When the International Mountain Bicycling Association holds its 2008 World Summit in Utah later this month, it will have a very special guest. National Park Service Director Mary Bomar apparently has agreed to deliver a keynote address to the industry arm.
By doing so, it appears that Ms. Bomar is giving implicit endorsement to IMBA's ongoing efforts to see mountain bike trails in general, and single-track trails specifically, cut through national parks. This is how IMBA announced the director's scheduled appearance at the summit, to be held June 18-21 in Park City:
One of the U.S. government's most senior officials charged with managing federal lands, Director Bomar's attendance will provide significant inspiration to IMBA's long-standing stewardship and advocacy work.
IMBA has worked hard on building biking advocates and also has worked diligently to assuage the concerns of those who believe mountain biking can hasten the erosion of landscape and can be incompatible with other trails uses.
But at the same time, the question of whether mountain biking is a good fit with all national parks remains. There are some areas in the park system where mountain biking is perfectly compatible. The White Rim Trail in Canyonlands National Park is one such example. Coursing along an old dirt mining road, the trail offers mountain bikers a multi-day trek through some incredible landscape. Mammoth Cave National Park also offers a fairly good network of dirt roads that serve as trails for mountain bikers, including one that's a 32-mile loop. Acadia National Park opens its 45 miles of carriage paths to cyclists.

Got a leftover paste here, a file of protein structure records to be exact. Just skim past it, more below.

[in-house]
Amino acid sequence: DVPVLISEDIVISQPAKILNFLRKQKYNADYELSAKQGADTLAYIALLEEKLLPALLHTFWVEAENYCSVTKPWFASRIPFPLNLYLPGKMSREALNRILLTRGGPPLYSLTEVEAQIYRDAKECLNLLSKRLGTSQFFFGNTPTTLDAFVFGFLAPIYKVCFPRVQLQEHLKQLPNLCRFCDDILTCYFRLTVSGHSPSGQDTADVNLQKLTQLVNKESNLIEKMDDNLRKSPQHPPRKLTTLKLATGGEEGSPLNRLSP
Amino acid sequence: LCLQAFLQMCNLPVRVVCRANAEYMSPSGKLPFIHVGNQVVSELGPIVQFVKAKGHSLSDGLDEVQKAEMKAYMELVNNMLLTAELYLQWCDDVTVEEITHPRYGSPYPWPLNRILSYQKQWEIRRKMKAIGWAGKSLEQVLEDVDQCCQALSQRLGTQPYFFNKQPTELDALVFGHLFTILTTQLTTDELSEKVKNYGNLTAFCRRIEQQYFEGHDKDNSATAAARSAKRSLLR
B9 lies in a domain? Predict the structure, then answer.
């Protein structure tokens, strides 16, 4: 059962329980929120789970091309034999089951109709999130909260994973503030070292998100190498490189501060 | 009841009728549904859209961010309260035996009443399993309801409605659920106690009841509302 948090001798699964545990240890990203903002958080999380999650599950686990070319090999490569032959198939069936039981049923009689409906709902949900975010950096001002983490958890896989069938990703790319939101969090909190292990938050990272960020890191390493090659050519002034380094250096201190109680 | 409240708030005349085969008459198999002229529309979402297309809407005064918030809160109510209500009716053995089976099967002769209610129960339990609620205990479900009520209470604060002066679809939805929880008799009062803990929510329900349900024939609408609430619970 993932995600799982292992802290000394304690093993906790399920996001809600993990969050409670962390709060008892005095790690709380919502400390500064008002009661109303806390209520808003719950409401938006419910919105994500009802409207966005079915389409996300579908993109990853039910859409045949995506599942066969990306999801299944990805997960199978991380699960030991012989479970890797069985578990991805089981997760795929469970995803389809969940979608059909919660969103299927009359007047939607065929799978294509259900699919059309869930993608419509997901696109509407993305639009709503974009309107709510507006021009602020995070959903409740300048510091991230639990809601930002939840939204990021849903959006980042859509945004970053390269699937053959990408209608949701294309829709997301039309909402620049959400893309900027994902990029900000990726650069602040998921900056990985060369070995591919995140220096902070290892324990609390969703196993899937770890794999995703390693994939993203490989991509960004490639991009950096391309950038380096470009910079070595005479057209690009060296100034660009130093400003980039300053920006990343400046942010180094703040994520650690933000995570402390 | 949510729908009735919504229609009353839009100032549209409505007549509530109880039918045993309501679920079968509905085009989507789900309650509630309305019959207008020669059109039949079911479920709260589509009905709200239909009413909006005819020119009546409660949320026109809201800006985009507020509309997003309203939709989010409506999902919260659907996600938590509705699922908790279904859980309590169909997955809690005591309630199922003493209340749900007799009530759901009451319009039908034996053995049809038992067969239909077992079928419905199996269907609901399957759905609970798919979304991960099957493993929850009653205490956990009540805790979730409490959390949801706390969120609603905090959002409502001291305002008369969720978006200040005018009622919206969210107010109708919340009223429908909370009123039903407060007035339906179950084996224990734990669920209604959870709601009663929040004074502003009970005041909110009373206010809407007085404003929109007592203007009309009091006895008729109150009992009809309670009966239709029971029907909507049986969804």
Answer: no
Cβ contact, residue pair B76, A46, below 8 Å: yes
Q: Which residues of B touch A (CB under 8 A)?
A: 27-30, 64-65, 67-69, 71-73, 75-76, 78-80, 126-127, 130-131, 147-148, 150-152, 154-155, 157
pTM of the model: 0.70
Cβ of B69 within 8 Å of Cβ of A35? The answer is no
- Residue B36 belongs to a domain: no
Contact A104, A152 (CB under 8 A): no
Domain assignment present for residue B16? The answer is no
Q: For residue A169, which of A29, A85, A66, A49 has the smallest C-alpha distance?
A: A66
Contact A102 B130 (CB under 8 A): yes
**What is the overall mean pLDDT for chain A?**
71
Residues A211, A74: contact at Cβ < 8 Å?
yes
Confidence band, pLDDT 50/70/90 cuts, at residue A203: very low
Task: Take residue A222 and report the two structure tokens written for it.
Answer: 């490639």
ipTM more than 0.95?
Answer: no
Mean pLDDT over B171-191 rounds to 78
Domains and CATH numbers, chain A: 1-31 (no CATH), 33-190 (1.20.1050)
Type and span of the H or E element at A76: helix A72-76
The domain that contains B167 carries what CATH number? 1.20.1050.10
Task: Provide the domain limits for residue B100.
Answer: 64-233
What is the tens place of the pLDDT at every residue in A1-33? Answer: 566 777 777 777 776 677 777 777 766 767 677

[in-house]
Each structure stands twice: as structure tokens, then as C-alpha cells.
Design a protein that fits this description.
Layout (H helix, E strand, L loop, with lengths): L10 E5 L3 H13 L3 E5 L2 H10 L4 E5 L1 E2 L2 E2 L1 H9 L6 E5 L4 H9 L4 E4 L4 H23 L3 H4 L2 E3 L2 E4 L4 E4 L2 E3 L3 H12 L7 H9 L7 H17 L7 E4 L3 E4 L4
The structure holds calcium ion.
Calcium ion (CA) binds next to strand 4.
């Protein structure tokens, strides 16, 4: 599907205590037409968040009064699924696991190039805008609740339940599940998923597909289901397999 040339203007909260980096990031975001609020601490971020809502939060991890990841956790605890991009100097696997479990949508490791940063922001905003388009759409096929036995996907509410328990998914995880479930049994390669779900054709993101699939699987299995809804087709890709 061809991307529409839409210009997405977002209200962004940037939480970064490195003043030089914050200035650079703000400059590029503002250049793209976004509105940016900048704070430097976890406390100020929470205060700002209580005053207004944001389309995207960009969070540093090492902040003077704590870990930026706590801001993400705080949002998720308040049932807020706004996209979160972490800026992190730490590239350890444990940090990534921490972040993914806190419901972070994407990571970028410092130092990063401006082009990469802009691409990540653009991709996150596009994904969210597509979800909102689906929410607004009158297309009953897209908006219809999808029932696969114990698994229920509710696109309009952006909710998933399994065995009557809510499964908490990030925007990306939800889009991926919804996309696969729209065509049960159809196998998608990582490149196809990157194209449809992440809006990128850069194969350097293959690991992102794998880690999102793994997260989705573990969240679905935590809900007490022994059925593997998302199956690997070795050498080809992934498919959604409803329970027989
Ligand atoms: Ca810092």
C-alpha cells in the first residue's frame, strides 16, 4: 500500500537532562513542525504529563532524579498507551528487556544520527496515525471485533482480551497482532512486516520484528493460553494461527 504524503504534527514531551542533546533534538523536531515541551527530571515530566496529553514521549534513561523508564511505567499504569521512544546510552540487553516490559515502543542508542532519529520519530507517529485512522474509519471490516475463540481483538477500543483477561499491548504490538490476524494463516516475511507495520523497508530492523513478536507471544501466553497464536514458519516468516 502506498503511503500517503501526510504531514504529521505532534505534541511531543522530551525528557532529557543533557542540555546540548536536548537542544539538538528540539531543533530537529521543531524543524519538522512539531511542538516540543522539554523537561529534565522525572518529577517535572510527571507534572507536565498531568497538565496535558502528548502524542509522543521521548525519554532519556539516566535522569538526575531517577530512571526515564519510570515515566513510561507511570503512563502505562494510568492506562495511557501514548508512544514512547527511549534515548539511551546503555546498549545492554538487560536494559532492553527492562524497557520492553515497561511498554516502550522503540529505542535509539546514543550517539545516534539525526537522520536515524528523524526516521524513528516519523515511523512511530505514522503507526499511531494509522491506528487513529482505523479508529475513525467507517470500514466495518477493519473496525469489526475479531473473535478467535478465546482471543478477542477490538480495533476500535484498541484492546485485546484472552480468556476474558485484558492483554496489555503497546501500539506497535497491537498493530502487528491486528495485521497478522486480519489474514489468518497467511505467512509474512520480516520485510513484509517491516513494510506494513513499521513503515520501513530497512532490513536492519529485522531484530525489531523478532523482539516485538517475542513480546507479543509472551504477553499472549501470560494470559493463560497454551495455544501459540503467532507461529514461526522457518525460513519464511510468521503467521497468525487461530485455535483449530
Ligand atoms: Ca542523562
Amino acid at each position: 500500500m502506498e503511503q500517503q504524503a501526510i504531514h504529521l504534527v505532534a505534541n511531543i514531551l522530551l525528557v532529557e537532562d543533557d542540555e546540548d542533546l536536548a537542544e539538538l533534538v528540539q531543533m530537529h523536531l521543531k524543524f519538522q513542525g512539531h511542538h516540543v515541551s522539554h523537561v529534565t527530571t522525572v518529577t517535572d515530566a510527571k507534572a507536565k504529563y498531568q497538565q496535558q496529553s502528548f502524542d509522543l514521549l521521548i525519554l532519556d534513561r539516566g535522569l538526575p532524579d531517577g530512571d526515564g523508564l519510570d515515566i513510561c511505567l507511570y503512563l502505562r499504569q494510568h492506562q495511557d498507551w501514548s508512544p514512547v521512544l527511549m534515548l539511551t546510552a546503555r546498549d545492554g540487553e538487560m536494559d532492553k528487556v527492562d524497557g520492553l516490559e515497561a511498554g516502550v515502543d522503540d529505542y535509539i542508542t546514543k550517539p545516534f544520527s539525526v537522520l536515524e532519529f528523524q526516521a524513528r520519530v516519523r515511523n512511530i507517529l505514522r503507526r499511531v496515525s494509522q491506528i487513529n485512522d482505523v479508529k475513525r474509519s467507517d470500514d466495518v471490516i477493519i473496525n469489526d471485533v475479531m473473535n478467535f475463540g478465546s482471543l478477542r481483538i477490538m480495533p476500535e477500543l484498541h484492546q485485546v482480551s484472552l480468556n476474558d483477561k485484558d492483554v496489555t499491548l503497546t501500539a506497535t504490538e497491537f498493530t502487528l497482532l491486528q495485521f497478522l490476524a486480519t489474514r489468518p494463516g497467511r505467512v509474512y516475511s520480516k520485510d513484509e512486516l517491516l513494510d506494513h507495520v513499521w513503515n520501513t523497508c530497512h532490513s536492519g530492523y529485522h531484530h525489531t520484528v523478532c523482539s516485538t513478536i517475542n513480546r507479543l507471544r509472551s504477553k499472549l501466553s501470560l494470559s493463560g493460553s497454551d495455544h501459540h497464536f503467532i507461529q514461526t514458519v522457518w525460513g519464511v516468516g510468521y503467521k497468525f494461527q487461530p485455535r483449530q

There are other examples as well. In fact, 40-some parks already allow mountain biking in some form.
The question, though, is why does IMBA feel there's a need for new trails, including single-track, to be cut across national parks for mountain bike use? After all, the national forest system covers 191 million acres, more than twice what the national parks encompass, and a good deal of that landscape is open to mountain biking. The same can be said of the U.S. Bureau of Land Management landscape. And let's not forget all the state parks out there that are open for cycling.
Does IMBA feel there's a need to conquer as much landscape as possible?
Here's a comment that was made in another national park forum:
The International Mountain Bicycling Association is basically a trade group for the mountain bike manufactures and we should recognize that fact. They want more areas available to the bikers to sell more bikes. We have seen this act before - snowmobiles.
I have spent a lot of time on the trails of the Pacific Northwest which gave me an opportunity to observe how the park visitor uses the trails. Most of the visitors use the trails to get away from the mechanized world and related to Nature. They can hike at their own pace.
In non-wilderness areas, such as NRAs, there might be an opportunity to investigate the trail use. Two of the major problems with mountain biking are: 1) conflict with hikers and horsemen and women; and 2) damage to the trails from the bike tires by creating heavily worn spots on the corners and troughs for the rain. There is no justification for ignoring the fact that the majority of mountain bikers consider the trails as a challenge and to be cover as fast as possible. Basically, the mountain bikers are not in the parks to appreciate the flora and fauna. (emphasis added) There are a number of areas and trails which could be safely turned into mountain bike trails provided that the trails were policed to protect the hikers and horsepeople. What about mountain bikers using the sidewalks in some of our historic areas? Would the park visitors who are walking get out of the way and the bikers came tearing past?